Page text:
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Environmental, social, and governance investing is associated with lower shareholder value, according to a new study by Tracie Woidtke, head of the finance department at UT’s Haslam College of Business.

woidtke_pictureWhile examining the role of state and municipal pension funds as activist investors, Woidtke found the S&P 500 index firms targeted with social-issue proposals by the New York state pension fund had a 21 percent lower firm value, and a 91 percent lower industry-adjusted firm value, than all other firm years in her sample.

 “Shareholders see little benefit from focus on issues like political spending, employment rights, or environmental sustainability within a company,” said Woidtke. “This has become a really hot topic with the current focus on ESG investing.”

The Manhattan Institute and the Center for Competitive Capital Markets (part of the U.S. Chamber of Commerce) invited Woidtke to present her research at recent meetings. Both entities are monitoring the potential negative consequences of ESG shareholder activism to taxpayers, public pension fund beneficiaries, and firms.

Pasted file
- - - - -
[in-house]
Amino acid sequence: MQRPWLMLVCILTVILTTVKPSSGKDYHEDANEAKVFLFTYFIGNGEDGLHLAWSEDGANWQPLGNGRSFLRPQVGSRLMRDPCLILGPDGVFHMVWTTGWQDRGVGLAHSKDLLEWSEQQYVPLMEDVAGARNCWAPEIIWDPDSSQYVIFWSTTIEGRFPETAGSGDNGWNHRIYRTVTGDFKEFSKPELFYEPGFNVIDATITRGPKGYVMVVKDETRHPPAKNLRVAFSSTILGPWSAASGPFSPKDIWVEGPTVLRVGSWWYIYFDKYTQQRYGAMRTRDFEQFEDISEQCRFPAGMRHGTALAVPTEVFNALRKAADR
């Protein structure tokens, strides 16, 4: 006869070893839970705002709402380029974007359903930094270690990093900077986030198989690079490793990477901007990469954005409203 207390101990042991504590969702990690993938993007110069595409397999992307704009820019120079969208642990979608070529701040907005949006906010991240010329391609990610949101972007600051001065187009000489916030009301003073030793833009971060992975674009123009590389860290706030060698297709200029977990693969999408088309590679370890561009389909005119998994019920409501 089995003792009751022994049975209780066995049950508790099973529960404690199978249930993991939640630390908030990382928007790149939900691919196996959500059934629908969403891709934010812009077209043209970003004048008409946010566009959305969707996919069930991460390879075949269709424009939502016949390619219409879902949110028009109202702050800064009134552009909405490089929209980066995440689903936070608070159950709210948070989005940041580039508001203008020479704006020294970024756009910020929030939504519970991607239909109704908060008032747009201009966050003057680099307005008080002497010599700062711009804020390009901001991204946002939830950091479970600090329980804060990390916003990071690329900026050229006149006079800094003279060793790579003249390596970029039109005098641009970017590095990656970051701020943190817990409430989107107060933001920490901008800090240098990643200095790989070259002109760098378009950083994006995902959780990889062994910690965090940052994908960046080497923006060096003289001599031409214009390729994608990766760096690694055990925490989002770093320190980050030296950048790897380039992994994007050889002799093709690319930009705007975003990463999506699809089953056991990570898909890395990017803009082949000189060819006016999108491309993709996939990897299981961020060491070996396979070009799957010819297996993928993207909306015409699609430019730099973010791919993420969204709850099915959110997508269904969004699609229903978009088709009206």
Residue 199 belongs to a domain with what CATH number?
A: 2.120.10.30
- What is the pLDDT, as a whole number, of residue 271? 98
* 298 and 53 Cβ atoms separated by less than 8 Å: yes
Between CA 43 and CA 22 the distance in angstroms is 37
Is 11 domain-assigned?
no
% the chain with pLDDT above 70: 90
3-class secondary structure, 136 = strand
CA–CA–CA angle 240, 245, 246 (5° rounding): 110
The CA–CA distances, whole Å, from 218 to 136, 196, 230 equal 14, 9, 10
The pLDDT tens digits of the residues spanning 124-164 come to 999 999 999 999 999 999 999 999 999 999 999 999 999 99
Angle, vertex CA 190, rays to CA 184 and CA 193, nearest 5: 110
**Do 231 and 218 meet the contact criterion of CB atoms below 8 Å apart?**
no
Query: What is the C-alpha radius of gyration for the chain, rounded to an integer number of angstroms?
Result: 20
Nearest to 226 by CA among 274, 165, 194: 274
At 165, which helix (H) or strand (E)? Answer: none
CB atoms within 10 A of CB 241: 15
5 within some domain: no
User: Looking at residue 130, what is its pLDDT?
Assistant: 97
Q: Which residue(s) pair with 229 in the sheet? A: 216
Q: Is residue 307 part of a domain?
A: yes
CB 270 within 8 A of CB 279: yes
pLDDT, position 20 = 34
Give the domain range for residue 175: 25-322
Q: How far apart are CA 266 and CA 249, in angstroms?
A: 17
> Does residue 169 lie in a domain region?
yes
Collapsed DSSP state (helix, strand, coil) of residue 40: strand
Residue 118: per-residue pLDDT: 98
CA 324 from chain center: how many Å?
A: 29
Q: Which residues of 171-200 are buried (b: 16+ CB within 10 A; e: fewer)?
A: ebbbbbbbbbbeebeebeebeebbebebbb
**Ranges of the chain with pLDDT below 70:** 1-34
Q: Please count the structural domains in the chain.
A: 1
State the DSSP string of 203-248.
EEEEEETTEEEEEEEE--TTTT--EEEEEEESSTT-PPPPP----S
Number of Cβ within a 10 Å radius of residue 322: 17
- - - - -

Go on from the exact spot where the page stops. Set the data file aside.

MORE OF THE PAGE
Woidtke’s research demonstrates an overall negative relationship between a firm’s value and shareholder activism on social policy issues. The data also confirms a previous study of Woidtke’s that demonstrates shareholder activism relating solely to corporate governance is not associated with decreased value. Firms that undergo shareholder activism focusing on poor firm performance generally have higher value.

“Shareholder activists encouraging their fellow shareholders to withhold votes toward a director’s election express dissatisfaction with management performance and help support the vitality of a business,” said Woidtke.

However, when public pension funds lobby companies as government entities with political motivations instead of shareholders advocating corporate profitability, a firm’s value is lower in the stock market.

Woidtke’s paper was released during the Manhattan Institute’s fifth annual Proxy Monitor conference, where she was one of two featured panelists.

Woidtke is the David E. Sharp/Home Federal Bank of Tennessee Professor in Banking and Finance in UT’s Haslam College of Business.



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